Arbitrations are designed to be a fair and unbiased method to settle disputes without resulting to the judicial system. However, for some parties, the location of the arbitration still presents a potential for bias. In cases where the parties wish to ensure that the arbitration is as fair as possible, holding the arbitration in a neutral 3rd country may help ease the worry that the arbitrator might be biased.
A party that brings a lawsuit in Japan always has the opportunity to withdraw their claim before the defendant answers. However, once the defendant has answered the claim, the lawsuit cannot be withdrawn without the defendant’s permission.
While trials in Japan normally take place as close as possible to the location of witnesses and evidence, sometimes witnesses from far away locations must be consulted on some aspect of the trial. However, having these witnesses come to the court from a faraway location is not always possible. Therefore, in order to facilitate the appearance of witnesses from remote areas, Japanese courts sometimes allow for the examination of witnesses by video conference.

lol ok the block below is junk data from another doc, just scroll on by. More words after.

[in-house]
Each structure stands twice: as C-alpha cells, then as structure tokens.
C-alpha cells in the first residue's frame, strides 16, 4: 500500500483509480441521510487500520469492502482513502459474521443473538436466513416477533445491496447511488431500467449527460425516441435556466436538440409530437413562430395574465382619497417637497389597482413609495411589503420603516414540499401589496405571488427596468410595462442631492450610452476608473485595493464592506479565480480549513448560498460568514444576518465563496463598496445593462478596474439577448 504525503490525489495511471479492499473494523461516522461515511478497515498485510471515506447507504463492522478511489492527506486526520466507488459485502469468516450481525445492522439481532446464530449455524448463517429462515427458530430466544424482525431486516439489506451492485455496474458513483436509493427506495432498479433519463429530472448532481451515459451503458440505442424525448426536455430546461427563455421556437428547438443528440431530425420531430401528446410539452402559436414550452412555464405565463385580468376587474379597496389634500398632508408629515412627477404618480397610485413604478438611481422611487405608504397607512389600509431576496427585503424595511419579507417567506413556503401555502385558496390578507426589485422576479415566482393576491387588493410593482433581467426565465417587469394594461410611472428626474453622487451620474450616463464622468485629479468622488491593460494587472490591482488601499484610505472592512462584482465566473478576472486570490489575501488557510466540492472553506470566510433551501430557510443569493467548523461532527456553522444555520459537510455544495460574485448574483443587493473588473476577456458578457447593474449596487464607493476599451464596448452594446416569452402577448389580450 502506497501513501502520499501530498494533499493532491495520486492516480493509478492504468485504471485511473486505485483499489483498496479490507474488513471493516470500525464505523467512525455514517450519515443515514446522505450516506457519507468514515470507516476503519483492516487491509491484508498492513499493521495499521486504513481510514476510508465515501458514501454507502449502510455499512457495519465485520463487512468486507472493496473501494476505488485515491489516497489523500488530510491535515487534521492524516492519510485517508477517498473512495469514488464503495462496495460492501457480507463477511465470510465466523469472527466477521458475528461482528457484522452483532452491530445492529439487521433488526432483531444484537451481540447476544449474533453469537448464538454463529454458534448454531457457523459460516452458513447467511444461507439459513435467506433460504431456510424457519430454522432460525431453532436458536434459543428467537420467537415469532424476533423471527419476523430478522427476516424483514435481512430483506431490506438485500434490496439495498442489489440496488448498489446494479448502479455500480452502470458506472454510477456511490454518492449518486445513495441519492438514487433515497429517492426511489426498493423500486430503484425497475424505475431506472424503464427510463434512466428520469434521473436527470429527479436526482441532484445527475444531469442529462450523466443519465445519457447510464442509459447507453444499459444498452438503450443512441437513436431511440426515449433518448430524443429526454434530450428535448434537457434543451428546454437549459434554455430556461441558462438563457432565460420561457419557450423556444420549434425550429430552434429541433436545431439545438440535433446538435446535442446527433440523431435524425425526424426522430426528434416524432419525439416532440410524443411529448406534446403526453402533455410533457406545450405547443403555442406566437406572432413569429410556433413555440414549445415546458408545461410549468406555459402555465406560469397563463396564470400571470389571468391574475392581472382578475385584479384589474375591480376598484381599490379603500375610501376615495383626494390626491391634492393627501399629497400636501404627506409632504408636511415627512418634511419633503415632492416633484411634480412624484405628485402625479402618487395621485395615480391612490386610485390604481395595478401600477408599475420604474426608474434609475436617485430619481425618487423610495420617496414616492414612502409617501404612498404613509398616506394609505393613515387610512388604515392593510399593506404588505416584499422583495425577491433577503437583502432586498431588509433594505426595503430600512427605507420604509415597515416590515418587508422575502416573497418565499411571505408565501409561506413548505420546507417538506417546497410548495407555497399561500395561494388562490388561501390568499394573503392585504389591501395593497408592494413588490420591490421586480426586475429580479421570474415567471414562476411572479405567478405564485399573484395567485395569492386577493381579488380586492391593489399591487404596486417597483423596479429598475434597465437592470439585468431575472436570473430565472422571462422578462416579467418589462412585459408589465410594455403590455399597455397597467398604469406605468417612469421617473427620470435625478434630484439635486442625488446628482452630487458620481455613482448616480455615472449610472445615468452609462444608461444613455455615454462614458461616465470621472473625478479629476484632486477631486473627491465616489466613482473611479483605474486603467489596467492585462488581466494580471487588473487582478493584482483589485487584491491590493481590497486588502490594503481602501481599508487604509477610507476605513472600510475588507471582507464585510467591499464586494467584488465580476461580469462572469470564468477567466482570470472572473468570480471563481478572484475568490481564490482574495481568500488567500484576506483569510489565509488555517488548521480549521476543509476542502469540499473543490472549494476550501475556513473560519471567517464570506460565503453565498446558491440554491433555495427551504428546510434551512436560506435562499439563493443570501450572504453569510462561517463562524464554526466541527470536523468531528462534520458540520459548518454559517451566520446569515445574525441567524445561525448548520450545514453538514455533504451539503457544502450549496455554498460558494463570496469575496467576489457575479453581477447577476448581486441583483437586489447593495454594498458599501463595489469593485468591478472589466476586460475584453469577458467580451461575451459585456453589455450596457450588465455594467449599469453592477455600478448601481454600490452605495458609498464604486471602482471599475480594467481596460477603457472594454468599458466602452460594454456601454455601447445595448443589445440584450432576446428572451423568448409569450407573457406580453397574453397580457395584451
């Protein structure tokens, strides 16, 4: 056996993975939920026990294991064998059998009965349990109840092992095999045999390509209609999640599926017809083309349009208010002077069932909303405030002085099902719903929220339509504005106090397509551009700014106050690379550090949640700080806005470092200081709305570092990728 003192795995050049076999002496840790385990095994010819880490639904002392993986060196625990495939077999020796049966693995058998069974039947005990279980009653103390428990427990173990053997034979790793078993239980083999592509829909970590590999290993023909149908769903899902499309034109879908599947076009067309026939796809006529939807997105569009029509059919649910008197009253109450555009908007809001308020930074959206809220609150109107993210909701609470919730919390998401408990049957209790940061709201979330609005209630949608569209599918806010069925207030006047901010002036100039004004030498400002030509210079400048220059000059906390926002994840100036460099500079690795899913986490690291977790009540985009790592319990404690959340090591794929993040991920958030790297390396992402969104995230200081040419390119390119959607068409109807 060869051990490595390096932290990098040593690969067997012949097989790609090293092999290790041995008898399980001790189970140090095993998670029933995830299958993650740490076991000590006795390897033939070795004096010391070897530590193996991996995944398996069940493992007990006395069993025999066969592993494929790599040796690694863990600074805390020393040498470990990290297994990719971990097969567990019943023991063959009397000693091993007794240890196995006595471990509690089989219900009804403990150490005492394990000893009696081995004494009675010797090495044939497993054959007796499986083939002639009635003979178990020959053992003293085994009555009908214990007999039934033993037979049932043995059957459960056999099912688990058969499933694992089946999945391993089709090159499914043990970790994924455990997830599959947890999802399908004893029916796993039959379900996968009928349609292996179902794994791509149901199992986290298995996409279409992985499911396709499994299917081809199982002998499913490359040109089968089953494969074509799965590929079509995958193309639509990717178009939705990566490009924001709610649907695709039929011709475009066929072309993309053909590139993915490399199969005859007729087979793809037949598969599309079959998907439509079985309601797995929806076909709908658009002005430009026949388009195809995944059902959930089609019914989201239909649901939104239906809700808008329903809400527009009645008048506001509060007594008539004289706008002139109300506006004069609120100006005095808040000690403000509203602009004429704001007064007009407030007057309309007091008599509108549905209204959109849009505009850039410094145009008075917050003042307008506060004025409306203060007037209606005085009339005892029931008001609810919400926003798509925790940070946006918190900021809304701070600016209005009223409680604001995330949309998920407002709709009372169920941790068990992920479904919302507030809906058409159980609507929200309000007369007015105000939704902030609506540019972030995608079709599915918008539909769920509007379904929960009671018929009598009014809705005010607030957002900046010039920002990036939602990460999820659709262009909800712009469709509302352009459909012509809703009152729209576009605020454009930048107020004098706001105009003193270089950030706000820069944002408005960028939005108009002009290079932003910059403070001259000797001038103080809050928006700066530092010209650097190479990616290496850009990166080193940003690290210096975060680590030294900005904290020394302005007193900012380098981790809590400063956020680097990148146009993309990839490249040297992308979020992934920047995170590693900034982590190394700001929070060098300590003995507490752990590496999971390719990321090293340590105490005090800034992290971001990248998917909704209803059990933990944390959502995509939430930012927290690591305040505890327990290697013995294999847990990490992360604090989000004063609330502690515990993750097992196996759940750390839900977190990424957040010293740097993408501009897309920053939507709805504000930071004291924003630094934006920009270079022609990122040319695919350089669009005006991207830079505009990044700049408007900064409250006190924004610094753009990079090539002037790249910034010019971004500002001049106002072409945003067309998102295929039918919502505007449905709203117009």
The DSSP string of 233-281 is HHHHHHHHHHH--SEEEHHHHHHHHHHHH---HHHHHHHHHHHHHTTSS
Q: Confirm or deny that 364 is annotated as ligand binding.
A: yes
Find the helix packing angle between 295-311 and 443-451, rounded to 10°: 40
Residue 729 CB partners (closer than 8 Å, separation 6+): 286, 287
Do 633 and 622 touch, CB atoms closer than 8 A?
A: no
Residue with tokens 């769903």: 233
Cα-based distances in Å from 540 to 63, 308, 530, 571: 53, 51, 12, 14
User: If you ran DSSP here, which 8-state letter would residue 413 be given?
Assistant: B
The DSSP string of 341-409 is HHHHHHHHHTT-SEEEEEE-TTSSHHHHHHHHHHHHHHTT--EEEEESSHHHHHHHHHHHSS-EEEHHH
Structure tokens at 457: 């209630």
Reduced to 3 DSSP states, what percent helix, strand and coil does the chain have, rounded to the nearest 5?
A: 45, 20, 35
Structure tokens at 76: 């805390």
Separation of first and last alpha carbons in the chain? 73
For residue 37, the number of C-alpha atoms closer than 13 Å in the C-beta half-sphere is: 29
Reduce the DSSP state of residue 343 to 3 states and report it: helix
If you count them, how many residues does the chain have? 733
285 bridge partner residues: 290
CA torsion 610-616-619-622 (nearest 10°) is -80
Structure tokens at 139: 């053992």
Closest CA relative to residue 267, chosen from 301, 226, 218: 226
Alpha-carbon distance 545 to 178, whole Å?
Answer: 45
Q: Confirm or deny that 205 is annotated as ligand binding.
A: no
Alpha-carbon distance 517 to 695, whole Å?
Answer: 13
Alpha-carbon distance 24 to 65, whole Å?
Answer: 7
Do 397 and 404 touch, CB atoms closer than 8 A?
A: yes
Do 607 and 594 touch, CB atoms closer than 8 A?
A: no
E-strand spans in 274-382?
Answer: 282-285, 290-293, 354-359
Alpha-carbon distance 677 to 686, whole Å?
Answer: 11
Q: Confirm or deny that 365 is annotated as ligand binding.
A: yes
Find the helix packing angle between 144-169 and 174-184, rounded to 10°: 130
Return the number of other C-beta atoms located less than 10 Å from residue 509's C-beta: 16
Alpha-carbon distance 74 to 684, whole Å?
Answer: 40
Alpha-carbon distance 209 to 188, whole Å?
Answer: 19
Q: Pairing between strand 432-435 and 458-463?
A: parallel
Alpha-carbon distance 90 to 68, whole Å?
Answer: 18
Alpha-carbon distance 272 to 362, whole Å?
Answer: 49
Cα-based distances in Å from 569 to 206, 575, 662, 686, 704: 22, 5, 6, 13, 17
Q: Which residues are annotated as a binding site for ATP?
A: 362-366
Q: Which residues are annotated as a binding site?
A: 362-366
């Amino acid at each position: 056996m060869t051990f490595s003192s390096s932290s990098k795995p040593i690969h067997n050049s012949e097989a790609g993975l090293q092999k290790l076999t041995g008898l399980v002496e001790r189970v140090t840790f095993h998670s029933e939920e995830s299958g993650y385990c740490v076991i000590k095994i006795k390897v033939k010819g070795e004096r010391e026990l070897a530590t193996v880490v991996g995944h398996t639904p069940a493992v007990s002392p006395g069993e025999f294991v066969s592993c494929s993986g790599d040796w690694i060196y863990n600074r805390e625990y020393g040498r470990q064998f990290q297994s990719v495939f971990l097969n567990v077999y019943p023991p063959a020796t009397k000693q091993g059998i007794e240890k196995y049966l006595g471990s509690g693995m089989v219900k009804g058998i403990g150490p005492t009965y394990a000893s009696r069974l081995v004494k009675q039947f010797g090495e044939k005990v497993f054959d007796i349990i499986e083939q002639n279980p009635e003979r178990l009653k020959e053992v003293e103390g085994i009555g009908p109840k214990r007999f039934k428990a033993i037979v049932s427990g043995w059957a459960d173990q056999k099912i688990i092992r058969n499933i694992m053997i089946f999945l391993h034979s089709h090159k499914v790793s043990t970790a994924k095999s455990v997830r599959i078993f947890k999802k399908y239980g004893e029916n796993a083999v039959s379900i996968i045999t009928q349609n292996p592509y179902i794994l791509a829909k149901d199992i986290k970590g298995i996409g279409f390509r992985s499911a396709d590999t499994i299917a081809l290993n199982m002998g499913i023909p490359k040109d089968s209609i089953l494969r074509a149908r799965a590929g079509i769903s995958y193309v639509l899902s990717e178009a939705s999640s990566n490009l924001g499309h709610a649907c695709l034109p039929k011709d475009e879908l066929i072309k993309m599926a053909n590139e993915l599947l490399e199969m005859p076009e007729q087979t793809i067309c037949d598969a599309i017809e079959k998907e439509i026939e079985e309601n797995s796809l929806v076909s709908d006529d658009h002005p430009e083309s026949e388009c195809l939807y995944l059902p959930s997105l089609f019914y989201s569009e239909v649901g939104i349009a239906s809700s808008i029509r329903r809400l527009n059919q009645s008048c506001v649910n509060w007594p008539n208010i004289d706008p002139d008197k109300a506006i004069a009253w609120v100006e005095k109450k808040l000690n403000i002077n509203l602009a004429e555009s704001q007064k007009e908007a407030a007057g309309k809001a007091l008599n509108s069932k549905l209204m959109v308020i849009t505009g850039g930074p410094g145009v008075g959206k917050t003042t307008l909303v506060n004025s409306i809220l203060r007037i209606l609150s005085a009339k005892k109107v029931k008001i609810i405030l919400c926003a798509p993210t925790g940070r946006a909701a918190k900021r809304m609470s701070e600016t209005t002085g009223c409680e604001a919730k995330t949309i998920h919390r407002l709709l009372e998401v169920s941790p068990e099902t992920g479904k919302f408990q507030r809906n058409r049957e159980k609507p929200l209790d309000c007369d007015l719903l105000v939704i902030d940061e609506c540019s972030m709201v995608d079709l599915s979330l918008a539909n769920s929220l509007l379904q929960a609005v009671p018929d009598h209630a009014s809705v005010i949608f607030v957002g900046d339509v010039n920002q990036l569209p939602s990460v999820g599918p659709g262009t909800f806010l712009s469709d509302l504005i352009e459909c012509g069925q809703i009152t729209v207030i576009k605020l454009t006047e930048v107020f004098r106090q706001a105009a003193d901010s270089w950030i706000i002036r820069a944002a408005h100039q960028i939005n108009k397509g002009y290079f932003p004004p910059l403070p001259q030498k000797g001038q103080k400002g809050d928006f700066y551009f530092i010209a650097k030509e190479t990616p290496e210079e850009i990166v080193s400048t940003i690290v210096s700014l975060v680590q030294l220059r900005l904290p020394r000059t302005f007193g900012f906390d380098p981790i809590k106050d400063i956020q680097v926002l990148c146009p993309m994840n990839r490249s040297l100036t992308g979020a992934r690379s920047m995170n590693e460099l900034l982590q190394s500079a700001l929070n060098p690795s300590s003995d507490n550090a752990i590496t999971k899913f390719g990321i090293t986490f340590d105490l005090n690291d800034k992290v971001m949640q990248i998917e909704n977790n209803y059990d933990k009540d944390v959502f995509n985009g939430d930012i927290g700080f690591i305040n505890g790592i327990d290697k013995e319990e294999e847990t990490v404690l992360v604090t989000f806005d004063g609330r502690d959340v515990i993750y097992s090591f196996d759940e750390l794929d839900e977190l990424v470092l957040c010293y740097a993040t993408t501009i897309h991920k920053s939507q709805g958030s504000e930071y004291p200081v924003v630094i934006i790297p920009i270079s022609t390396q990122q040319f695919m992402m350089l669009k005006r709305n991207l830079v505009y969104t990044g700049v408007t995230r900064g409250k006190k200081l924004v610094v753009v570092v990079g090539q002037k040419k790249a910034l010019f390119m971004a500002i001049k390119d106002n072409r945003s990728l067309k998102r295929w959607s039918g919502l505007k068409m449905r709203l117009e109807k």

As alternatives to litigation, mediation and arbitration both share some similarities, but it is important to know the differences between the two before choosing which method is right for your situation. In general, mediation can only end with an agreement between the parties, while arbitration can end with a decision by an arbitrator.